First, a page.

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Broker's take: Jefferies says Cathay Pacific restructuring removes key overhang

Cathay Pacific check-in counters at HK airport - EPA.jpg
The restructuring will allow the Hong Kong flag carrier to lower its cash burn by HK$500 million a month. Cathay Pacific will cut headcount by 17 per cent.

CATHAY Pacific Airways' restructuring removes a key overhang for the airline, but earnings recovery will depend on the opening of the Singapore-Hong Kong air travel bubble (ATB), Jefferies' research team said.

Jefferies equity analyst Andrew Lee said Cathay Pacific's HK$2.2 billion (S$384.8 million) restructuring plans announced on Wednesday were broadly in line with expectations.

As part of the restructuring, Cathay Pacific will cut existing jobs by about 17 per cent. The Hong Kong flag carrier's regional arm, Cathay Dragon, will also cease operations, while Cathay Pacific's crew remuneration will be based on productivity.

The restructuring will allow the airline to lower its cash burn by HK$500 million a month, it said in a statement on Wednesday.

Although there are no surprises, the key question over the restructuring would be the positioning of Cathay Pacific-owned low-cost carrier HK Express, which will be given some unnamed Cathay Dragon routes, Mr Lee said.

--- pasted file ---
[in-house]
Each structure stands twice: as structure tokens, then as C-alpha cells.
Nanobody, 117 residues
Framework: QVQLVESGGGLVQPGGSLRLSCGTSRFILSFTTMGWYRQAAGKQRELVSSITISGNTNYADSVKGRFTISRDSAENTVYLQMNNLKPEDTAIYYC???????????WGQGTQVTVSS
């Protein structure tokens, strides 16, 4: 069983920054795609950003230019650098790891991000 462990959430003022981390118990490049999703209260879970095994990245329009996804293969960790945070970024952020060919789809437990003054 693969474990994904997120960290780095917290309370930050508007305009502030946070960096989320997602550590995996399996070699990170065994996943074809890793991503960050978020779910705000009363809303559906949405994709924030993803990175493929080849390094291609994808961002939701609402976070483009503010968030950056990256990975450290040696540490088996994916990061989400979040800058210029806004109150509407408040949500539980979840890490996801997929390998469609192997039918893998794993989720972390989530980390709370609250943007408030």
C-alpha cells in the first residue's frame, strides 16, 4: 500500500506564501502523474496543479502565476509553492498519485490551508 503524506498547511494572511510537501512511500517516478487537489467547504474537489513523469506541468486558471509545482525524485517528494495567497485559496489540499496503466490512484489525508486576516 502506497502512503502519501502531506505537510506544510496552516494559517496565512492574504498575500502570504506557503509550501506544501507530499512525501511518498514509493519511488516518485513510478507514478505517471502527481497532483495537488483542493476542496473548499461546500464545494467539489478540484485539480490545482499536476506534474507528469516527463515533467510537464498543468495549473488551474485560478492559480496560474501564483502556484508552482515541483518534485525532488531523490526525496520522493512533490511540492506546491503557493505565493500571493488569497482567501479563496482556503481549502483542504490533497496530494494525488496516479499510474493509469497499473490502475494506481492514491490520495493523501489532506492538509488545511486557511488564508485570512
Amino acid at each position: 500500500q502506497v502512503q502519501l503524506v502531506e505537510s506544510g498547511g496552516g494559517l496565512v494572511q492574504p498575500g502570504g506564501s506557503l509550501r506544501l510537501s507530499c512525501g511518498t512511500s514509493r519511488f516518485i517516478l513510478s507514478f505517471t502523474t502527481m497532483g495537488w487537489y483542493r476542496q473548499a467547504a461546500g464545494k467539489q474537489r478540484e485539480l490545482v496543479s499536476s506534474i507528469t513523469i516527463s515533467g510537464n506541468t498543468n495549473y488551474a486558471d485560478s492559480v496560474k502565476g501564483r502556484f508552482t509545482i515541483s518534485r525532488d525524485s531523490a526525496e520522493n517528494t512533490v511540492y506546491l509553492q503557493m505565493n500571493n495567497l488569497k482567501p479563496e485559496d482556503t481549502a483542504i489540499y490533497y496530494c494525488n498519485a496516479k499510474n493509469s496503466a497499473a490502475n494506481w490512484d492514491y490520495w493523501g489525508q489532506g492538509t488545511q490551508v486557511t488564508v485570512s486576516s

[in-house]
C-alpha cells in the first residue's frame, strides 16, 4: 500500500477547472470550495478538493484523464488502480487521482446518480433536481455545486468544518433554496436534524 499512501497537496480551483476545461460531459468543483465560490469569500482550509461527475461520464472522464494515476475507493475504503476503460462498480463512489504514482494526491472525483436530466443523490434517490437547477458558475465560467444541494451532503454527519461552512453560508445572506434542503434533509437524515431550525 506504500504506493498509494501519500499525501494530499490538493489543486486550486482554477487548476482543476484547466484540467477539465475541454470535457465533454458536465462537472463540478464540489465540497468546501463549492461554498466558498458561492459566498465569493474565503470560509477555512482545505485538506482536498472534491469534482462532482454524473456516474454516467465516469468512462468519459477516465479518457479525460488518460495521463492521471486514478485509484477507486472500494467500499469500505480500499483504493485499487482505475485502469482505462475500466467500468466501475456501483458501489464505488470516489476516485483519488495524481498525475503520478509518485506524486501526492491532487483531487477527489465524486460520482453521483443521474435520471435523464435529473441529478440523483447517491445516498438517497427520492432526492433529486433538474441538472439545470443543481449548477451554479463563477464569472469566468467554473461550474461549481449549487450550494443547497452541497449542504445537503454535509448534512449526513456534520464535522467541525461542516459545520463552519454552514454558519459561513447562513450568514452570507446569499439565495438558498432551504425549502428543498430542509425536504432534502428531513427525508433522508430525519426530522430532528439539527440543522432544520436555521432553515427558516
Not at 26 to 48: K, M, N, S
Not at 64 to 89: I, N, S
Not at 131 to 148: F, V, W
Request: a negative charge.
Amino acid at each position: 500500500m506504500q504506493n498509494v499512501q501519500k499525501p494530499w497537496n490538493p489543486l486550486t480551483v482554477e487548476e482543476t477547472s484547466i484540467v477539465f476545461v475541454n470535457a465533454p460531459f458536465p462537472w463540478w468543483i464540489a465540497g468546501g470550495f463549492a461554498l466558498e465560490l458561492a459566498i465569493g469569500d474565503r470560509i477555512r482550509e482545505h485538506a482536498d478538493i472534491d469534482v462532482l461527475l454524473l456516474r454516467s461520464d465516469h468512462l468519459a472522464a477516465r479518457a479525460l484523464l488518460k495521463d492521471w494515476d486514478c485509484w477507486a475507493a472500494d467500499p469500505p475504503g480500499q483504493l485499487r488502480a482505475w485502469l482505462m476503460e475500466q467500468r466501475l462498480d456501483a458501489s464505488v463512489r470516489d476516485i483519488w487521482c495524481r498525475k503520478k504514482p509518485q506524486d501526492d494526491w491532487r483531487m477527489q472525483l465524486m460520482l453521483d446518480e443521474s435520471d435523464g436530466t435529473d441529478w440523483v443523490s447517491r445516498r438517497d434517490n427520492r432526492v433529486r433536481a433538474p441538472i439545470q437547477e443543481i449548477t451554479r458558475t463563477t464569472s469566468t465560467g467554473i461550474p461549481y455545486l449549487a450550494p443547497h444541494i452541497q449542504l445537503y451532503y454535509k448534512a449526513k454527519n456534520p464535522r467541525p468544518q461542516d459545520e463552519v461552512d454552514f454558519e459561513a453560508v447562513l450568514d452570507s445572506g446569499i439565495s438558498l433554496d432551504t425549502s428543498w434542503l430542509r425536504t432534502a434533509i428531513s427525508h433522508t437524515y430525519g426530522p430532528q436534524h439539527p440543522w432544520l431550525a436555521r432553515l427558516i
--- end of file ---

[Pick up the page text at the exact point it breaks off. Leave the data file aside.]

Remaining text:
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"Will these routes still operate business class? If yes, how does this change (HK Express') position as a low-cost carrier," he added.

Jefferies maintained "hold" on Cathay Pacific with an unchanged target price of HK$6.30 - based on trough 0.6-time price-to-book value, with passenger recovery dependent on Hong Kong's ATB with 11 other countries. However, the timing is still unknown, Jefferies noted.

Cathay Pacific shares were trading up 4 per cent or HK$0.23 to HK$5.95 as at the midday trading break on Wednesday.

Analysts from Jefferies and DBS recently identified Cathay Pacific and Singapore Airlines as beneficiaries of the upcoming two-way ATB between Singapore and Hong Kong. Other beneficiaries of the planned bubble between the two Asian financial hubs include hospitality players and Singapore-listed ground handler SATS .

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